Winter can feel like the perfect time to wind down your training, ease off the hard sessions and get ready for a cosy Christmas in front of the fire. In the same vein, January can be a great time to pick up, start up again and hit it hard, so hard that you burn out mid-February from exhaustion; but hey, you’re making good progress right? So it’s worth it. But what if you didn’t have to hit it so hard and fast in the new year? And what if you didn’t have to burnout weeks later, but could still reach the same standard?
This guide is meant to share a few tips to keep you on course over Christmas and New Year, preventing you from slipping and sliding into mince pie-madness and having to make up for it excessively.
The key here is to take the gradual progression approach, not running the risk of burnout or boredom before the 2015 season starts.
Build up strength – it isn’t just for weightlifters!
Strength is the foundation for everything in sport, and even though you may not think grabbing a barbell is a smart move for someone training in a sport such as cycling, it is crucial for power, speed and performance. Strength will serve as your muscular base for the explosive power and time trial skills you develop later in your pre-season training.
If you’re the sort of person who cycles month in, month out, but could make room for a little more strength work, then you may want to start on the very basics: bodyweight exercises. Performing a simple succession of press ups, squats and pull ups a couple of days a week can help to balance out your body’s weak areas and reinforce your posture.
For the more advanced athlete who already spends time working on their strength and core work, introducing weights and higher reps can be a good technique to increase muscular endurance. An example is lunging with weights to mimic repetitive pedalling against resistance.
Advanced tip: hit it heavy.
If you want to take it further and focus on max strength, then you can try a low rep range with a high weight, in the same way powerlifters train. Now the danger alarms might be going off now, but don’t worry, you won’t become muscle-bound overnight!
Periodisation is key.
Periodisation is an important factor in off season training, you’ll need to set yourself crossover periods and transitional phases to ensure you’re building the required strength, speed, endurance and power and are able to hold onto these different skill sets whilst moving onto the next one.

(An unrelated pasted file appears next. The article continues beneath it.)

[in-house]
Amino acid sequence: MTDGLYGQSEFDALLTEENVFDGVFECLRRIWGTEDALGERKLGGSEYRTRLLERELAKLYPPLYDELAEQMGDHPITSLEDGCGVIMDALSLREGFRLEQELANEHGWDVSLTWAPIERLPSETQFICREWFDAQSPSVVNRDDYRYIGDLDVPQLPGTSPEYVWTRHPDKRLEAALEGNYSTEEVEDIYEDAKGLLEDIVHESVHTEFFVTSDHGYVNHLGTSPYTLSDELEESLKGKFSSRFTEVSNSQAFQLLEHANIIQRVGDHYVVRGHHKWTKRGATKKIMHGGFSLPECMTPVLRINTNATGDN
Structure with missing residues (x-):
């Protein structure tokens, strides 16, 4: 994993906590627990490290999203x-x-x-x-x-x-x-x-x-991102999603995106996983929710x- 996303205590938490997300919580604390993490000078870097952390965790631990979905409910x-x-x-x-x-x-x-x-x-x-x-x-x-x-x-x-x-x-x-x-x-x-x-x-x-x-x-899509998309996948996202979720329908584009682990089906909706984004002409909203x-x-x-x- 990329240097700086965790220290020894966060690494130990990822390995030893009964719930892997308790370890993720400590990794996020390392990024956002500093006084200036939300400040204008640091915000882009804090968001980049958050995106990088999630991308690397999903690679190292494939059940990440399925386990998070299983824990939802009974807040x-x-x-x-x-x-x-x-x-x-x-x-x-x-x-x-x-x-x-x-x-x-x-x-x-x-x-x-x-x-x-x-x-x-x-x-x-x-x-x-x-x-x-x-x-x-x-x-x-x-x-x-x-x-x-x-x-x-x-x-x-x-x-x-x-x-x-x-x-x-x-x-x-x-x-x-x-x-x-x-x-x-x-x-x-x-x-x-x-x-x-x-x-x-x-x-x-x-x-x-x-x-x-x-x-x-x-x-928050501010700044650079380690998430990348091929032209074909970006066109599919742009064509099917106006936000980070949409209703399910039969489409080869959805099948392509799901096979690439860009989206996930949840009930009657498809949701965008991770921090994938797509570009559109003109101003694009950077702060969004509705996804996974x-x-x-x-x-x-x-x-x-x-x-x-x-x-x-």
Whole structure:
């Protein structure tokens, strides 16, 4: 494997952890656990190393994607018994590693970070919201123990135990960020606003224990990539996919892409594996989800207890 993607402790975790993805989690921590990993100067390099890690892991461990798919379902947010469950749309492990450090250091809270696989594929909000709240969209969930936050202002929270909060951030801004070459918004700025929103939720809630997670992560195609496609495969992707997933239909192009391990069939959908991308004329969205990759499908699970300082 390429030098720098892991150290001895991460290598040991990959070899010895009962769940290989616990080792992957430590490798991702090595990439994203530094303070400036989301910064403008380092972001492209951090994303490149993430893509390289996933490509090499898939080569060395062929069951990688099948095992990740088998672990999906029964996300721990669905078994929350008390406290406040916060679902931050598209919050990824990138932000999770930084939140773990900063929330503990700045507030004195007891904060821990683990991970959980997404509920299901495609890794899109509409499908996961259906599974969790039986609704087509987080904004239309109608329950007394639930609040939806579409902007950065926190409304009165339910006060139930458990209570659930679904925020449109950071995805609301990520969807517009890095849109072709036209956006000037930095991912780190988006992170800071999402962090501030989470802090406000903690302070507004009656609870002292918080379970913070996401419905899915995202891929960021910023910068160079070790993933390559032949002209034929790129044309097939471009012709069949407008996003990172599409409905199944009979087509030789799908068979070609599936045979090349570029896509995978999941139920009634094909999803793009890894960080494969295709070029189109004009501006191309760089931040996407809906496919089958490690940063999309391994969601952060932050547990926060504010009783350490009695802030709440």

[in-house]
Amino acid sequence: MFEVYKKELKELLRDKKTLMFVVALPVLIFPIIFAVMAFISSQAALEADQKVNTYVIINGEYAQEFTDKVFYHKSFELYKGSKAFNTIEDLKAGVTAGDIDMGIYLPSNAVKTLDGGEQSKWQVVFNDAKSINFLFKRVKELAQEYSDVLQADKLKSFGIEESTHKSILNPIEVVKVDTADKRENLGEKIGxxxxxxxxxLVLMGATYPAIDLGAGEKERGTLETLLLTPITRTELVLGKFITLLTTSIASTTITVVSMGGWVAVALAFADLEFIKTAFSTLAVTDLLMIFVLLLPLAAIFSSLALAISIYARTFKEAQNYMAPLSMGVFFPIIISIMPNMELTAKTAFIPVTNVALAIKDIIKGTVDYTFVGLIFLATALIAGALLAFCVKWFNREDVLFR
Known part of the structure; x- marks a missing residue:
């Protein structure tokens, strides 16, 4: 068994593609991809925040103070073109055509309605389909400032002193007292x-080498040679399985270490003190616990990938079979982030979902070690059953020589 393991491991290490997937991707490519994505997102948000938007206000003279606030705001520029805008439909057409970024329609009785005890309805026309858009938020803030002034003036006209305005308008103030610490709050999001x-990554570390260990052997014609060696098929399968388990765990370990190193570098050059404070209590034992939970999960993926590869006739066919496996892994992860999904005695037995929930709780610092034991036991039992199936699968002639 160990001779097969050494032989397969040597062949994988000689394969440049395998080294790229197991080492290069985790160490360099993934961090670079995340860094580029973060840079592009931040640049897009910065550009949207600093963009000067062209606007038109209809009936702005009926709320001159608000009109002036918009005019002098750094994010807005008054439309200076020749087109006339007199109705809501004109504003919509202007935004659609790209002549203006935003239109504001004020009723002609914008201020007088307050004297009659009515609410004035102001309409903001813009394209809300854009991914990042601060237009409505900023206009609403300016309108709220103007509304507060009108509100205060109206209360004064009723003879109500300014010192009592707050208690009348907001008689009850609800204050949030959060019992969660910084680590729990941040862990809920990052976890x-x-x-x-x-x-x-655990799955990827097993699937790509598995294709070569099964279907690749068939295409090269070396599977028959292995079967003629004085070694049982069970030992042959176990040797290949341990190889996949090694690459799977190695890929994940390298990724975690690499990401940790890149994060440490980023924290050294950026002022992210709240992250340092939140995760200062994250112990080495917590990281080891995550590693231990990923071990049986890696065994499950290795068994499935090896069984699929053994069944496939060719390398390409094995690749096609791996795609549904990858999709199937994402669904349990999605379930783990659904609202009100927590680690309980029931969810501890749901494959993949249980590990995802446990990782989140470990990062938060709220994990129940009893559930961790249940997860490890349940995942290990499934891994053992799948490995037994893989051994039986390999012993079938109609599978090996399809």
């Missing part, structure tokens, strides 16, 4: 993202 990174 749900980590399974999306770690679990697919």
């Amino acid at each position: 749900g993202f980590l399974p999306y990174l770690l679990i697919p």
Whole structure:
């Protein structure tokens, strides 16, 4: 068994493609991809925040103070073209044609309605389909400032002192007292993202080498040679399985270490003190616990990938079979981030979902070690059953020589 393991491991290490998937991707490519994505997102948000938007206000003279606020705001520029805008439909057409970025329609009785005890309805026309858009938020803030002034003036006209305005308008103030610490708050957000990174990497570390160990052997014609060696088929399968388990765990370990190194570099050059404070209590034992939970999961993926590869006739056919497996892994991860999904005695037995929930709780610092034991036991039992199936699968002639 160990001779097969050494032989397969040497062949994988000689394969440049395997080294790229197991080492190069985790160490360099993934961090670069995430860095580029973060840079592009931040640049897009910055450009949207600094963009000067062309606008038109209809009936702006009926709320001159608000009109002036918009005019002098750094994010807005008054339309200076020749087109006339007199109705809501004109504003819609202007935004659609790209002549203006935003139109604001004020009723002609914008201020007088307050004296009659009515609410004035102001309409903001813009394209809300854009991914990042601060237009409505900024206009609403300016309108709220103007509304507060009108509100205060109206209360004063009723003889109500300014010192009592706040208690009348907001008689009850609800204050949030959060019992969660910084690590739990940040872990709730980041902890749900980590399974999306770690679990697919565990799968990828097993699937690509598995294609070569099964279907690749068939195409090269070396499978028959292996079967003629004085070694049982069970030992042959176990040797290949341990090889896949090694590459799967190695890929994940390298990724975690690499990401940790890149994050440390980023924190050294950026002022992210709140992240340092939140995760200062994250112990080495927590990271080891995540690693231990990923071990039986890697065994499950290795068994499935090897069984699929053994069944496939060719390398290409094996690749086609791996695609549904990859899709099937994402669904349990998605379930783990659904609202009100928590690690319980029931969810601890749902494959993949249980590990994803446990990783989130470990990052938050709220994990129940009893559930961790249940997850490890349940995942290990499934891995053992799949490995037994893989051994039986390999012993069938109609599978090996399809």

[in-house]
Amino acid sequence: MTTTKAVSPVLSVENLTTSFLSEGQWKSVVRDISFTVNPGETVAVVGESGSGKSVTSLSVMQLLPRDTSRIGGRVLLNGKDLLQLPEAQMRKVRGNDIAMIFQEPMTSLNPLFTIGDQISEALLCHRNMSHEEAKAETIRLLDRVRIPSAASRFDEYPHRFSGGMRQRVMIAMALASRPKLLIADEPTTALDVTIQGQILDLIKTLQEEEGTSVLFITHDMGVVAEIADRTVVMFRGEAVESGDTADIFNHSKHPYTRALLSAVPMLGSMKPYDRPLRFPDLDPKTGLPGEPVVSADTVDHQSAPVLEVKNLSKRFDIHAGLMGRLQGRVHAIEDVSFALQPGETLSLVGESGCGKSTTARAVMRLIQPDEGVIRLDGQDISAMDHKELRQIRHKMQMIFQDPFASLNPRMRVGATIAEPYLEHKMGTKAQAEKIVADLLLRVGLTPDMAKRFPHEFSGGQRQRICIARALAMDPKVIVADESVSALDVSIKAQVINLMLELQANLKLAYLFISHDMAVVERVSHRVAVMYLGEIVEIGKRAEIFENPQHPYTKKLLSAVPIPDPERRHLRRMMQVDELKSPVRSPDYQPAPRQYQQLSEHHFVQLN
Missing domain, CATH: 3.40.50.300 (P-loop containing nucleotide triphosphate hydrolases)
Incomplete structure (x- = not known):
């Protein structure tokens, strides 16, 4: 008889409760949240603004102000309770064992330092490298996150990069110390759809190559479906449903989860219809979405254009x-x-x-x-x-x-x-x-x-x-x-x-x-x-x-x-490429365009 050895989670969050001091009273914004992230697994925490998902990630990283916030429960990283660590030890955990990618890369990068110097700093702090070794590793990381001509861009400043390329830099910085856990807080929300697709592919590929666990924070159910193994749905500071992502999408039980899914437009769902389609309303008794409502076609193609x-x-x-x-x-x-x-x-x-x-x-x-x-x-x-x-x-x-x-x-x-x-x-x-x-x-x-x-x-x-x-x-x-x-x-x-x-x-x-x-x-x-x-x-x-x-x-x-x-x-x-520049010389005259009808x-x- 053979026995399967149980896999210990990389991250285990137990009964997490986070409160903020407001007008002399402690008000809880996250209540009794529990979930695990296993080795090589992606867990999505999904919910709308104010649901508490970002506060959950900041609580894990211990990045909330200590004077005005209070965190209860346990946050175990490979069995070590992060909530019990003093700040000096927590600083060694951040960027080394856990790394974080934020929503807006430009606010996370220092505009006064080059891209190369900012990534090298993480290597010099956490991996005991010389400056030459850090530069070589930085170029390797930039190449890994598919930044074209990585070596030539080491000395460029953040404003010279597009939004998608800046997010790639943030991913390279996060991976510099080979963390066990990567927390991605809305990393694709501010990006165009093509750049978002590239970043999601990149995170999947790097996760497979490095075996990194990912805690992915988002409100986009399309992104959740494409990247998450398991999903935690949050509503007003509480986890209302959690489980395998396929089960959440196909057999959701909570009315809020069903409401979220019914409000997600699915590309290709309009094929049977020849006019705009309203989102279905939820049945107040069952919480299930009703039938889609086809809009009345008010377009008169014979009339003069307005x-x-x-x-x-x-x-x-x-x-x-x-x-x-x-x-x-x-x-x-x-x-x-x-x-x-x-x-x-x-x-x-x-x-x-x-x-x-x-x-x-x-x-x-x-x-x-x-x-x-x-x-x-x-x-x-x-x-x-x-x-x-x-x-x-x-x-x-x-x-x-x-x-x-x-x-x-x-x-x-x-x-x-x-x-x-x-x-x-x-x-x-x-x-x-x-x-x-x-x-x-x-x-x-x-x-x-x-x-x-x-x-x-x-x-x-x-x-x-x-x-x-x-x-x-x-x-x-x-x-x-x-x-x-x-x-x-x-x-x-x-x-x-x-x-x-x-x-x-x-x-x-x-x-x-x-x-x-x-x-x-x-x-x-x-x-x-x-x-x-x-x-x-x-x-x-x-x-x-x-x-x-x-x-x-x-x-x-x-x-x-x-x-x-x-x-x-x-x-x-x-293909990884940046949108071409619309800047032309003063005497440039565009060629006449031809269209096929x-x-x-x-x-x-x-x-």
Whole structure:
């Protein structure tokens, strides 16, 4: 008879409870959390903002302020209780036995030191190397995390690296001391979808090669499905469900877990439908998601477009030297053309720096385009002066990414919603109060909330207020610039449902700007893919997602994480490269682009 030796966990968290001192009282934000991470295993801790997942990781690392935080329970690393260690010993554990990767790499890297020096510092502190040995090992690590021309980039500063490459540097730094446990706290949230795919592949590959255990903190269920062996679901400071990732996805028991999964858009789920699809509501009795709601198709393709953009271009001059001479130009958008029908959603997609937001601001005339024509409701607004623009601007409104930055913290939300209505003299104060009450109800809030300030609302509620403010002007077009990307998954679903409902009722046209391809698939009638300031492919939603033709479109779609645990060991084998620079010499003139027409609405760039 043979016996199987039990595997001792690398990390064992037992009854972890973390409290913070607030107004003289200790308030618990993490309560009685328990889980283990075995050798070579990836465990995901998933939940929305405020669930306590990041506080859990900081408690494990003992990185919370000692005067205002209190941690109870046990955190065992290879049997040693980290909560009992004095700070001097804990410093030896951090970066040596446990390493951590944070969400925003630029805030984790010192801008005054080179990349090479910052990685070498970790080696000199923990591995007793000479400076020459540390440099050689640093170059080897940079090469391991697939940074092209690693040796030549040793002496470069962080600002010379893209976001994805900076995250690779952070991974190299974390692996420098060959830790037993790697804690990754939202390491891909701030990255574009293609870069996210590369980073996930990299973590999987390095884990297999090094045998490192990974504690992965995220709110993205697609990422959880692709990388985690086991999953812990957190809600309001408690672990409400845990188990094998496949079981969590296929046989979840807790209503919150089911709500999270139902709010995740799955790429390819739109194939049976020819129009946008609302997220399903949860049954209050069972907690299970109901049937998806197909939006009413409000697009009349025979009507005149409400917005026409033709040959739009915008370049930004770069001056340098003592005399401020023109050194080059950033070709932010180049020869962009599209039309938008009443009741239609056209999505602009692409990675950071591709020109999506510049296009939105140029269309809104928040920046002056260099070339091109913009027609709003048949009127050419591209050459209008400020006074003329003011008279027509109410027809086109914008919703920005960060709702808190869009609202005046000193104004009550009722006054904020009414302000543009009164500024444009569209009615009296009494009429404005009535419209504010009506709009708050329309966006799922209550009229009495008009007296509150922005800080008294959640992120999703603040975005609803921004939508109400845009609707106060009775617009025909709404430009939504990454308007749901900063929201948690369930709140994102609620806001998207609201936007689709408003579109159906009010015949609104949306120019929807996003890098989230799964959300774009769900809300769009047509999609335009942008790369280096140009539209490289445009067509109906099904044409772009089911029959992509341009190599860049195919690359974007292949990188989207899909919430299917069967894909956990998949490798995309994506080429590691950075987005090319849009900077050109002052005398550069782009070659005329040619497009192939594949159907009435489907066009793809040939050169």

There really is no set rule as to what order periodisation has to be in, but it will usually start with either base strength or base endurance depending on your goal. If your goal is strength, you will focus first on lifting a weight (strength), then on how fast you can lift it (power), and then how many times you can do that for (endurance). You can interchange the order depending on what you want to achieve.
It’s impossible to maintain all phases of training at 100% intensity at once, so always start with one, focus on building it to the desired level, and then move onto the next whilst performing a maintenance phase for the previous skill. An example would be to work on strength for 4 weeks, then add in speed training whilst cutting down strength, then add in endurance training whilst maintaining but cutting down on speed and strength.
Maintain your base endurance, don’t let it slide.
If you’re going to concentrate on strength, power and other extra-curricular developments for cycling, then it’s crucial that you don’t let what you already have down to a tee, such as endurance, fall by the wayside.
Going into a new season with an edge on your opponents – or even your Sunday riding friends – can be a brilliant thing, as long as we incorporate it into our existing strengths to add something to our pace. Don’t just drop your current training for the new improvements, incorporate them!
Rest up to race up.
Winter is cold and harsh, and this often means we have to spend more time and effort keeping our bodies warm and fuelled. This means that each ride we do actually takes up more and more energy, and valuable effort is lost to simply maintaining a temperature, which then expends more calories, and so we start on a handicap of less resource and fuel.
This means it’s very important to stay hydrated, rested and ready for the next ride. Taking recovery shakes, eating chicken soup and getting enough nutrients to keep you ready for the next ride is vital in colder months, as every stage of preparation counts. Hit the hay with enough time as well, as eating the right foods, doing the right training and taking the right supplements means nothing if we aren’t getting enough shut-eye to heal our bodies and minds.